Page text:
In New York, a state-run agency in charge of public transportation has taken a major, and controversial step, boosting the city's bid for the 2012 Summer Olympics. The Metropolitan Transportation Authority, or MTA, voted unanimously to sell a parcel of land to the Jets football team to build an Olympic-sized stadium in midtown Manhattan. The stadium is the centerpiece of Mayor Michael Bloomberg's effort to win the bid to stage the Olympic games.
The MTA's decision to sell one of the world's most valuable pieces of undeveloped urban land to the Jets was expected. But the vote followed months of heated debate and protest that galvanized the city and forced the MTA to open up the bidding process a month ago.
Two other bidders, including a major sports competitor, put in offers for the derelict railroad yards located near the city's convention center and the Hudson River. The Jets won with an offer of 720 million dollars and the promise to built a 75-thousand-seat stadium at a cost of almost two- billion-dollars.
Supporters, including Mayor Bloomberg and former Mayor Rudolph Giuliani, say the stadium is critical to the city's bid for the 2012 Olympic Games. They also say the return of the Jets from the neighboring state of New Jersey and the construction of the stadium will create thousands of jobs. The National Football League has promised to hold the Superbowl, one of the most lucrative events in U.S. professional sports, in New York in 2010 if the stadium is built. Many union workers and minority workers, addressed the MTA board just before the vote. Kevin Crowley is an iron worker
"Right now we are in a rundown neighborhood. Everybody is saying you should wait, you are going too fast. This has been going on for 80 years. Eighty years that eyesore railroad yard has been sitting there and nobody wanted that. You could not give that property away. Now it is time. We want to build something and we could rejuvenate an area that needs it," he said.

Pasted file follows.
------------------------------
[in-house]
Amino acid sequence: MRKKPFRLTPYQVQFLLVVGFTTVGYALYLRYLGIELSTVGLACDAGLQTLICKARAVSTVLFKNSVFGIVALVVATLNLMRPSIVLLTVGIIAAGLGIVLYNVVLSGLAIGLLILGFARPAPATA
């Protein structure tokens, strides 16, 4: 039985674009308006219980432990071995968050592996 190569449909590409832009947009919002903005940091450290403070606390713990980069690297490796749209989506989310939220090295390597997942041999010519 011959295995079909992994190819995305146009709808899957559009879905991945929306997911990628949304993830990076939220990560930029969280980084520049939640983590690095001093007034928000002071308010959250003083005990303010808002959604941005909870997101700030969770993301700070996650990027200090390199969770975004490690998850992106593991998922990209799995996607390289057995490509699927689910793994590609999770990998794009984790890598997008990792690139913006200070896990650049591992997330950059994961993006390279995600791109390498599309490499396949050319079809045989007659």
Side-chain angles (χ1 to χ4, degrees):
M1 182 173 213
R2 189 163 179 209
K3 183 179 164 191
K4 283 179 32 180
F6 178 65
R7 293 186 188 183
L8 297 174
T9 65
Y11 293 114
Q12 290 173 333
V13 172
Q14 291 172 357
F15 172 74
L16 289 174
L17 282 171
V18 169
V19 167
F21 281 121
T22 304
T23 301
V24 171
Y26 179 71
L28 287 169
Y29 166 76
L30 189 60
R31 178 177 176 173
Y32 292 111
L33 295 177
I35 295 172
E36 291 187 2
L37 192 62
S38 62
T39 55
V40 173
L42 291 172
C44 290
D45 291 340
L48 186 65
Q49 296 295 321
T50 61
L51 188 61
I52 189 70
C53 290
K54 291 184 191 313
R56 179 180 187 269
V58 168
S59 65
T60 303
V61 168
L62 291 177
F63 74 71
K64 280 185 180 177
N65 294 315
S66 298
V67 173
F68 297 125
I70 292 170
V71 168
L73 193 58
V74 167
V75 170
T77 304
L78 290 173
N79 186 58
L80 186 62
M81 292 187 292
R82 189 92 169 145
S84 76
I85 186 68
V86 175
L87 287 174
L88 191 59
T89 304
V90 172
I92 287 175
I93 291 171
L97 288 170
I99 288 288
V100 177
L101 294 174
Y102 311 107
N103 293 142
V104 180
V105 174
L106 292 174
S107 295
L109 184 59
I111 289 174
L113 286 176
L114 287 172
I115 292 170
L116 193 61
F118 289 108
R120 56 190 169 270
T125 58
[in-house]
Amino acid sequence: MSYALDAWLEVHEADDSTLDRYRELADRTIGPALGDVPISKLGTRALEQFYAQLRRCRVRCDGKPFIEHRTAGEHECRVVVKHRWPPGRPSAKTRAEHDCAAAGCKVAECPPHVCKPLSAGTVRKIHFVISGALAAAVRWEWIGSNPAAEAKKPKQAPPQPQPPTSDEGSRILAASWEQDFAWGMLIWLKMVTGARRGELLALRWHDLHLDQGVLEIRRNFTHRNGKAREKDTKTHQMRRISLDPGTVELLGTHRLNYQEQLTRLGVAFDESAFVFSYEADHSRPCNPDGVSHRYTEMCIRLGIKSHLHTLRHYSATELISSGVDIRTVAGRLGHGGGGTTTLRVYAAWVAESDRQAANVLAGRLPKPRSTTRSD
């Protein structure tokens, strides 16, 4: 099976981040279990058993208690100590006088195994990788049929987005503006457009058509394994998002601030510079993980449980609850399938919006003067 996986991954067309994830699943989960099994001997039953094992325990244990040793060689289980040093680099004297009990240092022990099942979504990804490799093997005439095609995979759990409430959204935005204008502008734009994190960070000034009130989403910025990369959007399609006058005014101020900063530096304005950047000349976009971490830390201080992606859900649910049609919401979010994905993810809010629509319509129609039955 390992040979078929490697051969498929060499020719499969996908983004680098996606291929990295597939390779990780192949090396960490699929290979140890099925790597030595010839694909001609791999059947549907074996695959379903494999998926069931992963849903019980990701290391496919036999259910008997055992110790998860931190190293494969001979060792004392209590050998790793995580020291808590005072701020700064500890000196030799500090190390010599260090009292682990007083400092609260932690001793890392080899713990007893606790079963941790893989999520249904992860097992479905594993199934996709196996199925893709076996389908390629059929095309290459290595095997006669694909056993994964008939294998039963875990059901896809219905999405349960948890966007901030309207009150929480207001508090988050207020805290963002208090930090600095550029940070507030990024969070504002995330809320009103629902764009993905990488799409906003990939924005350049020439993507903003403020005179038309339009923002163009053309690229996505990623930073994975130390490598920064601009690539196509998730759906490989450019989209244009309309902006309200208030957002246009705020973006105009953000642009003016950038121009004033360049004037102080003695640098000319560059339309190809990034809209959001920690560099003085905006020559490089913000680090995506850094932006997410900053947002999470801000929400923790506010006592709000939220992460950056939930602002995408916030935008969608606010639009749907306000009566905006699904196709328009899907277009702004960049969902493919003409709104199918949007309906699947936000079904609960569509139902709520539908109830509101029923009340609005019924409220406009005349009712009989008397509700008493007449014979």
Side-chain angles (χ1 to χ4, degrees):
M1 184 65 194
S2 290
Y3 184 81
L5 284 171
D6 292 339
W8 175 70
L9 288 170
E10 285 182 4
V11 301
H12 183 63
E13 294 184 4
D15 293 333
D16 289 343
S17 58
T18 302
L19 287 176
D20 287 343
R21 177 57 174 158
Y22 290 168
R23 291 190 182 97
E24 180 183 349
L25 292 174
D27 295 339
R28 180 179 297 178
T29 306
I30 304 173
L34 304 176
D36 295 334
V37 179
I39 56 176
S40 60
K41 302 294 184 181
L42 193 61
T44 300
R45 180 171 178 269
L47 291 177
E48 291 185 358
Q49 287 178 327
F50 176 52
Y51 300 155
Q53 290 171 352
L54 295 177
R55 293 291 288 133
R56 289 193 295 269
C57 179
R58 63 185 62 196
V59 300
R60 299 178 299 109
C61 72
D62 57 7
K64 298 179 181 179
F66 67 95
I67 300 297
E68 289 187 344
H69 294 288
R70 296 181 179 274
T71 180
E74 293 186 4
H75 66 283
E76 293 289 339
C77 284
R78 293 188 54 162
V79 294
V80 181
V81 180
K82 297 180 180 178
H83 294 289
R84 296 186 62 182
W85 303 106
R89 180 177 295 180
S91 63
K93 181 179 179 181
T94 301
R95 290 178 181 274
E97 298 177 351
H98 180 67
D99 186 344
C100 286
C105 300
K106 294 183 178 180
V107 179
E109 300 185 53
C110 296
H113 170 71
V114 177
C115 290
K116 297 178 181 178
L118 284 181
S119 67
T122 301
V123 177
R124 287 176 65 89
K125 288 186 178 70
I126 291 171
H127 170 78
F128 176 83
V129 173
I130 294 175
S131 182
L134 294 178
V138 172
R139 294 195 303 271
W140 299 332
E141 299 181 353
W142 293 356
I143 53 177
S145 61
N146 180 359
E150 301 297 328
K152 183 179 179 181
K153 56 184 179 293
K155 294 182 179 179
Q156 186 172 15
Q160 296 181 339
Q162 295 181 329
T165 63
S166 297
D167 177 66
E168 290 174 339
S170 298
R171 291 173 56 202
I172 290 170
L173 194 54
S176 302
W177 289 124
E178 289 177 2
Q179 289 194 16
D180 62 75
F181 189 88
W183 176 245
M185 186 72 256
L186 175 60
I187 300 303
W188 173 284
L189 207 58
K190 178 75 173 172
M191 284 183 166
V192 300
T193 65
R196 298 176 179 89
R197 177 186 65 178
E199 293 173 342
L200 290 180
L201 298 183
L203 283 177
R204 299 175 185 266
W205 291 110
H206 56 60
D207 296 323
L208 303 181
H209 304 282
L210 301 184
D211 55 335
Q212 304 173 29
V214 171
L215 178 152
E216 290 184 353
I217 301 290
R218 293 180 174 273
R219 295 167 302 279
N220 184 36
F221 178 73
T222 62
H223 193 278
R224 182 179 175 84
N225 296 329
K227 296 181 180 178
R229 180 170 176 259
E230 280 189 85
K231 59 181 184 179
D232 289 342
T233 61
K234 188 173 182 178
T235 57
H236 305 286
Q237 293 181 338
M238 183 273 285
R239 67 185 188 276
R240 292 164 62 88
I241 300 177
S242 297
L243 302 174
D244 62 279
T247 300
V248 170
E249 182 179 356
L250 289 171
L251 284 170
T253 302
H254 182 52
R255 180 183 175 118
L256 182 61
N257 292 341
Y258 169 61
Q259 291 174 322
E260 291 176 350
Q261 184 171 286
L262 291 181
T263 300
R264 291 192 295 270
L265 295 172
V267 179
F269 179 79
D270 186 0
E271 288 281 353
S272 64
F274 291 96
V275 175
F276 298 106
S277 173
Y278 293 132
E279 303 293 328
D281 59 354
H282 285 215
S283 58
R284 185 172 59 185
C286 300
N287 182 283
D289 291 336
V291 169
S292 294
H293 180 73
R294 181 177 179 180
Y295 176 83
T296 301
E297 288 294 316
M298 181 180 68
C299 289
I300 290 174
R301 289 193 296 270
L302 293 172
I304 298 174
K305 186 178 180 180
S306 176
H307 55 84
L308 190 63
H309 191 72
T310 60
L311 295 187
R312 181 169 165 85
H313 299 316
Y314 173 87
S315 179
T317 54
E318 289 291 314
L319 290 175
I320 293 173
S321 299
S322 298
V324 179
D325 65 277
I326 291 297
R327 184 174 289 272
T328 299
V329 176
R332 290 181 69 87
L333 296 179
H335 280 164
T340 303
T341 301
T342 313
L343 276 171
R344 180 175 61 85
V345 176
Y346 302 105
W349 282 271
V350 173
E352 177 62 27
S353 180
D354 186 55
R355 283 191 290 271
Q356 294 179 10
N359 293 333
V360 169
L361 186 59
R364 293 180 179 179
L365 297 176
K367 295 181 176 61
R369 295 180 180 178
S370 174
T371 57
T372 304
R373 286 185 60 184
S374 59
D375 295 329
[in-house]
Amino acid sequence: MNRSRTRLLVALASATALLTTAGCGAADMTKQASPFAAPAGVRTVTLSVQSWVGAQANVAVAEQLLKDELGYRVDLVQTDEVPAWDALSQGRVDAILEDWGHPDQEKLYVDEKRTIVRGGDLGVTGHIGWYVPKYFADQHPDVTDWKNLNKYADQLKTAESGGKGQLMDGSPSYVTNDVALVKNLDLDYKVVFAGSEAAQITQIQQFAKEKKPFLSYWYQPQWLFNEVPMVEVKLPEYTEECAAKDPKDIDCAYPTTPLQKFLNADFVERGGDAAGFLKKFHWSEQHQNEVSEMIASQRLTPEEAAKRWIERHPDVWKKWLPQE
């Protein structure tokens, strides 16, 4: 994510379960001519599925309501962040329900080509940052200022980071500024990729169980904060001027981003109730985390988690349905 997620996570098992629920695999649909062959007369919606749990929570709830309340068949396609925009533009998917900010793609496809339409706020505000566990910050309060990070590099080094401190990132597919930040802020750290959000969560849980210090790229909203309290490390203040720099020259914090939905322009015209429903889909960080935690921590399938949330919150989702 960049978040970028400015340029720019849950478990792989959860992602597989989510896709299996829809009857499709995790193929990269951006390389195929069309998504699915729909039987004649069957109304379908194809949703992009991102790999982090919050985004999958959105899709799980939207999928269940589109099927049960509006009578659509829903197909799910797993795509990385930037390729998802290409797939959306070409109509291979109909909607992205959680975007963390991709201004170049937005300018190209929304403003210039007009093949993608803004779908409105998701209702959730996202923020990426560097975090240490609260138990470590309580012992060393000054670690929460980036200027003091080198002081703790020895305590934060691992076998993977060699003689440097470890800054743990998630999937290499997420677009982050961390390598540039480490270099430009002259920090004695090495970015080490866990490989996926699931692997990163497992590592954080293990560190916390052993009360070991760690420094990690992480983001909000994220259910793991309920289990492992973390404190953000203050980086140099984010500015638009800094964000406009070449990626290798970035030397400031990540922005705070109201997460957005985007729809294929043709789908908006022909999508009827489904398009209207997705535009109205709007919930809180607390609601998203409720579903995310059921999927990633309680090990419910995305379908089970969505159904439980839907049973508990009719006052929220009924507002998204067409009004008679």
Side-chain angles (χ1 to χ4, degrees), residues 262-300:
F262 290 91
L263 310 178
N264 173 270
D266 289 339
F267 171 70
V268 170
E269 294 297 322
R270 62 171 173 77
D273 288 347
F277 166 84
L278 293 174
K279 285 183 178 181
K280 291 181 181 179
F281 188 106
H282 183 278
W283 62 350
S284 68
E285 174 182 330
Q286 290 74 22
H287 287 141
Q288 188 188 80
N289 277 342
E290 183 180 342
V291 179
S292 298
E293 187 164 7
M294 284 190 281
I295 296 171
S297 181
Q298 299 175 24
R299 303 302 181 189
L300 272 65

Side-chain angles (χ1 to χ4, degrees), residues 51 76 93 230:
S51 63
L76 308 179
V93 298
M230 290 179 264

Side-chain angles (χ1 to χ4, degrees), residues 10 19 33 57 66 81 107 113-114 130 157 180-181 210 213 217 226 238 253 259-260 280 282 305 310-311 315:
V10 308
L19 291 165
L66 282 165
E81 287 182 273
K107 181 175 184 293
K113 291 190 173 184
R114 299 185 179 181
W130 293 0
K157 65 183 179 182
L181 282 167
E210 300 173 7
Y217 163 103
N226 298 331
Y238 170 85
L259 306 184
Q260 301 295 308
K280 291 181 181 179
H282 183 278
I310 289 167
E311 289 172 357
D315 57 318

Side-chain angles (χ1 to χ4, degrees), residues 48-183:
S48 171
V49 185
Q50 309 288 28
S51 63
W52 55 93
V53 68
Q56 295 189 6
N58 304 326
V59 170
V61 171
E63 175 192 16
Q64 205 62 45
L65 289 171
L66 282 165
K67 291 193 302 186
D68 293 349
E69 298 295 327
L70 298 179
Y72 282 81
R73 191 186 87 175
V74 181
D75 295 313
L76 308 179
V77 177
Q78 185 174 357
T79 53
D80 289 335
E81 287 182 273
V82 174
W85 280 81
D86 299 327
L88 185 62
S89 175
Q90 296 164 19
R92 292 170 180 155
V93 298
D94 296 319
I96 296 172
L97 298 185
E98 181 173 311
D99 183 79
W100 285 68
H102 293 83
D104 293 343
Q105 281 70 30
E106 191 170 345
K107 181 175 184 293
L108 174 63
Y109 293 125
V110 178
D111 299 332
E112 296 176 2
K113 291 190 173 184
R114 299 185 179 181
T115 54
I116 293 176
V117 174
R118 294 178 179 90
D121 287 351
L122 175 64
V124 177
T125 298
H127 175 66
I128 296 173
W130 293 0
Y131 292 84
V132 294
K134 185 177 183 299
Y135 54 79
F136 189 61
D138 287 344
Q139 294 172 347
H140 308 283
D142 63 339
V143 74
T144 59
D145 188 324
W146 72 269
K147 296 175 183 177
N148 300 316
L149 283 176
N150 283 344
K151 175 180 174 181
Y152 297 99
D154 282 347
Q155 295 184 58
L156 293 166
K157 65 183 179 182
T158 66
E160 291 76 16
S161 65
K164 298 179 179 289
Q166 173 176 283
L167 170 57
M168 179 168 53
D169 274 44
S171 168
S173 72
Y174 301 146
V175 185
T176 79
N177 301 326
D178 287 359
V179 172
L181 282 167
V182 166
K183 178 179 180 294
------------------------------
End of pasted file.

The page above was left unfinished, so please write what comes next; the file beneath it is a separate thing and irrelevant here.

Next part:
Opposition has been equally passionate. Opponents say the stadium will create endless traffic jams and higher rents. They say competitors are willing to pay more for the site and to build much needed housing. Many longtime residents like Frederic Suraskey say the stadium can be built in other parts of New York without jeopardizing jobs and overcrowding the neighborhood.
"I am a proud union member. I want to say one thing to the construction workers here. Think about it. If you build a plan which has mixed housing, which would make our neighborhood a better place to live and if you built the stadium in Queens, you would have twice as many jobs as this narrow-minded plan. Furthermore, if it is an Olympic problem, the International Olympic Committee does not care where the stadium is built," he said.
The fight is not yet over. At least two more agencies must approve the plans, but the MTA decision was the biggest hurdle. A public opinion poll released by Quinnipiac University on the day of the vote shows that 53-percent of New Yorkers oppose the West Side stadium proposal.
But MTA chair Peter Kalikow says the stadium is just the latest in a long list of building projects, including Rockefeller Center, that had to win over public support. "We need to remember that all the great projects that we have built in the last century were probably built over the objection of some local group in the community. There was an uproar about Rock(efeller) Center. Rock Center is on the national register of great places in the United States. There was a war over the building of that when it was built. My prediction is that it (the stadium) will be one of the great parts of this city," he said.
The poll also shows that Mayor Bloomberg is losing some of his support because he has championed the stadium. The message has not been lost on rivals for his job, including City Council President Gifford Miller, a leading opponent of the proposal. "This is a terrible thing for New York. I urge you to take a step back and really consider whether it is worth it to this subway and bus and transit system to give away this much taxpayer money to built a football stadium we do not want and we do not need," he said.
Opponents say they intend to challenge the decision in court.